Preparing to take an online tutorial shortly on C10 multifaces, I experimented with laying down stitches on a 36cm circumf ball in singles of pearl cotton 8, with yellow (42 faces), then purple then pink, finishing with double-threaded white and red surface stitching. I think the progress from 42 to 122 and 322 (which my progression is not) is referred to as “M3″, a multiple of three based on the foundation of 12 faces.


The first step involves laying down a routine C10 (12 faces) and pinning/tacking according to Barb Suess’ excellent instructions on the website of Temari Challenge at Yahoo! Groups. I tacked the yellow lines with the same black sewing thread used on the mari.

The second step involves going from pentagon to pentagon, filling in the blank spaces (half way between each yellow) with purple thread, but without tacking. I’ve learned to leave pins in the center of each pentagon as I work.

The third step involves filling in the available spaces with pink, again halfway between the previous yellow and purple. On this occasion, I move around the ball, renzoku-style, rather than inside each pentagon by pentagon. Stitching these starts and finishes at the sides of the pentagons. The threads start at the pentagon sides, veer towards the centre of a pentagon, then veer away at an angle of about 120 degree, on to the next pentagon. This involved tacking as I went, securing the last thread to go over all the others. The downside of this is it creates not straight lines but wave-like whip-stitched tacking. Hopefully the online tutorial will help me re-think this process.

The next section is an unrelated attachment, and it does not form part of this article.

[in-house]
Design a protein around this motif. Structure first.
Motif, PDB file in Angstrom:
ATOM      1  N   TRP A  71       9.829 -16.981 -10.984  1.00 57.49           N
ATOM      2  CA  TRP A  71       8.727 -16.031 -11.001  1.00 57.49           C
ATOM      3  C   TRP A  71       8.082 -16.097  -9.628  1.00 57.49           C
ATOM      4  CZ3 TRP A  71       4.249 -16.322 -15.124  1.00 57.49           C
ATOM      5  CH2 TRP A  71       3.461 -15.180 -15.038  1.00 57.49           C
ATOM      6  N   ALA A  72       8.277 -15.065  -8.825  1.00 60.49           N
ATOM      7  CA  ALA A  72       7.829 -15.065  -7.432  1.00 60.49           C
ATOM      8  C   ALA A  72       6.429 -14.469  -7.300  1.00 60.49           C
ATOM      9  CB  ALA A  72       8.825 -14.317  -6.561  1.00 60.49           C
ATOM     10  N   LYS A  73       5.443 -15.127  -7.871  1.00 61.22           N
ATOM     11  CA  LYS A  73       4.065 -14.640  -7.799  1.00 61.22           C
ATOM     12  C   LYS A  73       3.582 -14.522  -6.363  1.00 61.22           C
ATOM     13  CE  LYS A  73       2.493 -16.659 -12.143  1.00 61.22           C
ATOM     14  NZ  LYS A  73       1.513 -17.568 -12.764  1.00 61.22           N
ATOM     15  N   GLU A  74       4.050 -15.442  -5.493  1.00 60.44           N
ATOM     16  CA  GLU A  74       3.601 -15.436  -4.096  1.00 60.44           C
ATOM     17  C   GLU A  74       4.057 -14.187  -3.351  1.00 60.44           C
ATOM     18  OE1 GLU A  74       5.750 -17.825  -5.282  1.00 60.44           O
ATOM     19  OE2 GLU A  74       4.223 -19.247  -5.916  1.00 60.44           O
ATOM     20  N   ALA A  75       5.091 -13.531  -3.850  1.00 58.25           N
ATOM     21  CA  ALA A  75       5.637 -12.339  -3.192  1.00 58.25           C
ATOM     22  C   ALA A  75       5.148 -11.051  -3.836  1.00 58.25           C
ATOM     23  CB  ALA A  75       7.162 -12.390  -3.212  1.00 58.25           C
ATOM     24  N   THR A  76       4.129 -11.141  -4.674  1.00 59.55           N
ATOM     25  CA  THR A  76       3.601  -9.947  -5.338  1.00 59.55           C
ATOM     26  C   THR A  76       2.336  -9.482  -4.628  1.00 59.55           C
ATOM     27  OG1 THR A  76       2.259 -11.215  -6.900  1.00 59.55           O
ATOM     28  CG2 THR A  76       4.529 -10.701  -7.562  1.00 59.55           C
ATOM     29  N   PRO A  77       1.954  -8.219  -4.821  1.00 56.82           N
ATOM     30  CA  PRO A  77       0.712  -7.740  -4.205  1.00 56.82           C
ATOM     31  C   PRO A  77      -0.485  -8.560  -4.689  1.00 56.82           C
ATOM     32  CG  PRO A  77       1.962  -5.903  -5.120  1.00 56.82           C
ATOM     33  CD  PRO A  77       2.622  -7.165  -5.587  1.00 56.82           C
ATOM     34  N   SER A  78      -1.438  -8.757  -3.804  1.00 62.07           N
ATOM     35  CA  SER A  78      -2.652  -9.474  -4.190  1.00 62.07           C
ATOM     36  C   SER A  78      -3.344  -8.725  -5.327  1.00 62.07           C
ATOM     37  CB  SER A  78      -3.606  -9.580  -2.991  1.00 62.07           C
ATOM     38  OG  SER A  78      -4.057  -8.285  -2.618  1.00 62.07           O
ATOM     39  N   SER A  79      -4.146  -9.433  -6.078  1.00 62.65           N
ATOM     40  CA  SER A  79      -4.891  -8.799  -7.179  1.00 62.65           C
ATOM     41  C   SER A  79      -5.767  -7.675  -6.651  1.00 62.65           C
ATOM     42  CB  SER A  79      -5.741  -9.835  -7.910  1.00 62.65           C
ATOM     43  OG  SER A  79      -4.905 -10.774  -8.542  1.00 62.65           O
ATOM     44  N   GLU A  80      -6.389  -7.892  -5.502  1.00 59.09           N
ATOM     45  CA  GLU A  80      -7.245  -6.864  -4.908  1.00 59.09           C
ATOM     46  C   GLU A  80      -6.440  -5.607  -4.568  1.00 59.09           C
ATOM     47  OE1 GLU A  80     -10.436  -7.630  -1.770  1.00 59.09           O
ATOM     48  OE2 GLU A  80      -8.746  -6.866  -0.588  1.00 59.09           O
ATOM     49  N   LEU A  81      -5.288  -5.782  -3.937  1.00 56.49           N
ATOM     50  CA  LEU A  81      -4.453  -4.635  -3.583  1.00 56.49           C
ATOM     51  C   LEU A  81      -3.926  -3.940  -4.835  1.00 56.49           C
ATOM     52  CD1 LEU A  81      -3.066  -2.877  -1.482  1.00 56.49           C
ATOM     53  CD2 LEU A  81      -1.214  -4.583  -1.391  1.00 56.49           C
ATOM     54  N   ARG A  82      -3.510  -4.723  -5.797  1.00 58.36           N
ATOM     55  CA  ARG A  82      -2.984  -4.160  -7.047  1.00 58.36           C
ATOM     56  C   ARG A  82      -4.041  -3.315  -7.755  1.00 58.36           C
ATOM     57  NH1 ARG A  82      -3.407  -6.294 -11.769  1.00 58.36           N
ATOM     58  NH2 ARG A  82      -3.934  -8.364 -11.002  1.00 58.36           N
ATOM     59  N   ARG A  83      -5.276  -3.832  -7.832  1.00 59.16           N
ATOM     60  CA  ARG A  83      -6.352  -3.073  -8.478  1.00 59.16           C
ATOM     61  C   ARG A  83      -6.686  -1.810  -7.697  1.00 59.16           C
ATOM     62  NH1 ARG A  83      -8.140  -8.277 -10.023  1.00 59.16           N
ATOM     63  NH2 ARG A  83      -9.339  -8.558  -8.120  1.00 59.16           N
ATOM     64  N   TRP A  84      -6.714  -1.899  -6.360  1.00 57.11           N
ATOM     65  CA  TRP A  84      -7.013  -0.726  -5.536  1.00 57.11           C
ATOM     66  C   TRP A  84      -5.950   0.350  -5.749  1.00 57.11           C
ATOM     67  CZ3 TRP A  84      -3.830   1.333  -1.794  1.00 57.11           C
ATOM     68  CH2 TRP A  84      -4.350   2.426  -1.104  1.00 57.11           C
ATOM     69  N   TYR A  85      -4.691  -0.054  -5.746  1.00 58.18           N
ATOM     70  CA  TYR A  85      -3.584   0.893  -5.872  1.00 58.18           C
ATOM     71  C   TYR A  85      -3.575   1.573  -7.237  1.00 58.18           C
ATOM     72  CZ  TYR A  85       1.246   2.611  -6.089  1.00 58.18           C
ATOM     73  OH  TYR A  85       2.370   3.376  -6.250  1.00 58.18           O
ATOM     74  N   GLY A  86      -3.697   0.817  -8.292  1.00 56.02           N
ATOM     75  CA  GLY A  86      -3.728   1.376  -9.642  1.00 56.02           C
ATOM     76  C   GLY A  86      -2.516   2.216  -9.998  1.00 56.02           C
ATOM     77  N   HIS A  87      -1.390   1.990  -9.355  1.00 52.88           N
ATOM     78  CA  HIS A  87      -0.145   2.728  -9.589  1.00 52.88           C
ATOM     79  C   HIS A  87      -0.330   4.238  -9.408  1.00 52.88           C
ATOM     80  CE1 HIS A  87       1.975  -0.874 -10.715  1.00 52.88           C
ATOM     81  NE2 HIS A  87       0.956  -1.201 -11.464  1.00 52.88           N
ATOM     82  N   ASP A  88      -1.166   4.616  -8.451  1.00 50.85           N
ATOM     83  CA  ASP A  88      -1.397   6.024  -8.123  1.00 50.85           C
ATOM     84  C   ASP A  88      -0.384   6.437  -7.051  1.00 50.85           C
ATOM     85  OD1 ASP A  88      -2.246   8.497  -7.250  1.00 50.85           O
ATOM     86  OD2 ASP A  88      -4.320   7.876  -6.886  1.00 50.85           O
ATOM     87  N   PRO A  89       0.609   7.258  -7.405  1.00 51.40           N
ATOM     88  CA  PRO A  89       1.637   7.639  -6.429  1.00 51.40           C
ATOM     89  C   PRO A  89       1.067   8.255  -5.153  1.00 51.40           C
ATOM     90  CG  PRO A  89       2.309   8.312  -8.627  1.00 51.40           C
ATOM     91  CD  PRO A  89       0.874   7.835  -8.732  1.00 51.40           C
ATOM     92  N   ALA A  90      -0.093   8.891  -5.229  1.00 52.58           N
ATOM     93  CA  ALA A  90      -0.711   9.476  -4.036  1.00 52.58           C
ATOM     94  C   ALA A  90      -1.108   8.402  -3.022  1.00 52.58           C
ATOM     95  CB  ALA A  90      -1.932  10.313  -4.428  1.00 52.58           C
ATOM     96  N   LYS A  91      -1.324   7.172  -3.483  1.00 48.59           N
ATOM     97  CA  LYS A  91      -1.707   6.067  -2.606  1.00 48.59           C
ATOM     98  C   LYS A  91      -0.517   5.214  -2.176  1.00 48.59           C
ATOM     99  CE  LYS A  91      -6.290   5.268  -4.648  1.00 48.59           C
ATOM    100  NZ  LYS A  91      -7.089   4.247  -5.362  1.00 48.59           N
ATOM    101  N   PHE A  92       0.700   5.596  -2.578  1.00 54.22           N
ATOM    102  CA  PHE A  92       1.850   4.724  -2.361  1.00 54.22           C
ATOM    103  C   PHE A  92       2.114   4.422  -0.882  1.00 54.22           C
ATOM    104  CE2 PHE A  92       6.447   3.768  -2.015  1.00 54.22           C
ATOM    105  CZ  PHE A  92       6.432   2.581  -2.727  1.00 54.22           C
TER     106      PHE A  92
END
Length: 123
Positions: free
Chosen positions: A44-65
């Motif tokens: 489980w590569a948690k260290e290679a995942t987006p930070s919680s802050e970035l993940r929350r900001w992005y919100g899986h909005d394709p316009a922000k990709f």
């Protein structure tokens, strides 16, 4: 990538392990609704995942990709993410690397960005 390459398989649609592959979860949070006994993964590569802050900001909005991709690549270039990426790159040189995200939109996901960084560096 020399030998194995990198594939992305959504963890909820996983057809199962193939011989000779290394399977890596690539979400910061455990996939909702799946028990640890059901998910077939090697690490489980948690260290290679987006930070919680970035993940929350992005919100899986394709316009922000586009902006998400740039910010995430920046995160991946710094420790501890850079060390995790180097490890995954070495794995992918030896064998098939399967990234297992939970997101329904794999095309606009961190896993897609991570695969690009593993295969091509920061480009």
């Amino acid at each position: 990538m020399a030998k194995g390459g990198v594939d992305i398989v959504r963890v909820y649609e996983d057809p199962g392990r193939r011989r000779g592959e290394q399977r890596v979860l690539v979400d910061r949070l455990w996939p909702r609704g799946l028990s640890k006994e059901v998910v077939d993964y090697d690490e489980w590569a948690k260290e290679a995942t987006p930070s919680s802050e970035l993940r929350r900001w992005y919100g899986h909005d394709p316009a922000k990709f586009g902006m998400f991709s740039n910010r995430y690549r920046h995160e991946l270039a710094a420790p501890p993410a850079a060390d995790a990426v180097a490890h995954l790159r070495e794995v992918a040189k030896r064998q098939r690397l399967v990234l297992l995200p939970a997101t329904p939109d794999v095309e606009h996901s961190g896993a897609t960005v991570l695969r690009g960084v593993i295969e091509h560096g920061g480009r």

The next step was to remove the black tacking thread of the yellow threads: it shows given the fine lacey-look of the whole.

The final step was to add some surface stitching, here in white and red, a minor consideration on this occasion given the focus on laying down (correctly) the rows additional to those for 42 faces.



Inspired by a traditional hemp leaf pattern (asanoha in Japanese) done on a S4 structure by Barb Suess in her latest book, I decided to ramp up this design to a Complex 10.

I decided to jump straight to a 42-faced C10 instead of ramping up via a series of potential intermediate steps: Simple 4 to Complex 8 to Complex 10 (12 faces). Why 42 faces? Working in either pearl cotton 5 or pearl cotton 8, I decided 42 faces was an appropriate number for the relatively small, 34.5cm circumference, ball. Perhaps with a 40cm circumference ball, I could contemplate doing 92 faces.

Mari. I started with the 34.5cm mari wrapped in a warm grey colour. Not a cool grey (battleship grey with a distinctly blue tinge), but one which tended to a redder “brown”.

Division lines. I used a pearl cotton 8 in light blue (color #799).

Here’s the S4 model in the background and one of the twelve pentagons of an ordinary C10 highlighted with white pins:


Here’s the addition of division lines for a 42-face.  After doing all this work, I discovered an easier way of adding 42-face division lines proposed by Barb Suess on the Temari Challenge Yahoo! group.


Surface stitching